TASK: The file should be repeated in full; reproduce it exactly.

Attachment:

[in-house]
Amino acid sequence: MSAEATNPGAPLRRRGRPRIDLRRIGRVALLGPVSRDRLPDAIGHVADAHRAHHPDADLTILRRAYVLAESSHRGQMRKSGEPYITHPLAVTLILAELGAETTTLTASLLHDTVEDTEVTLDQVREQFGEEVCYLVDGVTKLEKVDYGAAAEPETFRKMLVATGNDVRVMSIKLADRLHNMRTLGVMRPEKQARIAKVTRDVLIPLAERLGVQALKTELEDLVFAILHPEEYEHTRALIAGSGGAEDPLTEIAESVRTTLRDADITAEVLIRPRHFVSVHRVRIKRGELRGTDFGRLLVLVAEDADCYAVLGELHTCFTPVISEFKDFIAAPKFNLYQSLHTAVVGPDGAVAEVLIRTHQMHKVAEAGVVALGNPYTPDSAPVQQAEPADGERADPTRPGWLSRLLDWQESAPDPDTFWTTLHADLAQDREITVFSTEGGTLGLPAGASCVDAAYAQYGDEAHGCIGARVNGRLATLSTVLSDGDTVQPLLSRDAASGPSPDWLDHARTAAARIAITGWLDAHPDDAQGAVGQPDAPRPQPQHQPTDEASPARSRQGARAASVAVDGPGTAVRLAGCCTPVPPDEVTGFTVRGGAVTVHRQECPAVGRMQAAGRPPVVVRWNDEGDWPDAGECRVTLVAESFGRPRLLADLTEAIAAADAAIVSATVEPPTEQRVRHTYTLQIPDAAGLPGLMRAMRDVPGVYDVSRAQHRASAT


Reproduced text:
[in-house]
Amino acid sequence: MSAEATNPGAPLRRRGRPRIDLRRIGRVALLGPVSRDRLPDAIGHVADAHRAHHPDADLTILRRAYVLAESSHRGQMRKSGEPYITHPLAVTLILAELGAETTTLTASLLHDTVEDTEVTLDQVREQFGEEVCYLVDGVTKLEKVDYGAAAEPETFRKMLVATGNDVRVMSIKLADRLHNMRTLGVMRPEKQARIAKVTRDVLIPLAERLGVQALKTELEDLVFAILHPEEYEHTRALIAGSGGAEDPLTEIAESVRTTLRDADITAEVLIRPRHFVSVHRVRIKRGELRGTDFGRLLVLVAEDADCYAVLGELHTCFTPVISEFKDFIAAPKFNLYQSLHTAVVGPDGAVAEVLIRTHQMHKVAEAGVVALGNPYTPDSAPVQQAEPADGERADPTRPGWLSRLLDWQESAPDPDTFWTTLHADLAQDREITVFSTEGGTLGLPAGASCVDAAYAQYGDEAHGCIGARVNGRLATLSTVLSDGDTVQPLLSRDAASGPSPDWLDHARTAAARIAITGWLDAHPDDAQGAVGQPDAPRPQPQHQPTDEASPARSRQGARAASVAVDGPGTAVRLAGCCTPVPPDEVTGFTVRGGAVTVHRQECPAVGRMQAAGRPPVVVRWNDEGDWPDAGECRVTLVAESFGRPRLLADLTEAIAAADAAIVSATVEPPTEQRVRHTYTLQIPDAAGLPGLMRAMRDVPGVYDVSRAQHRASAT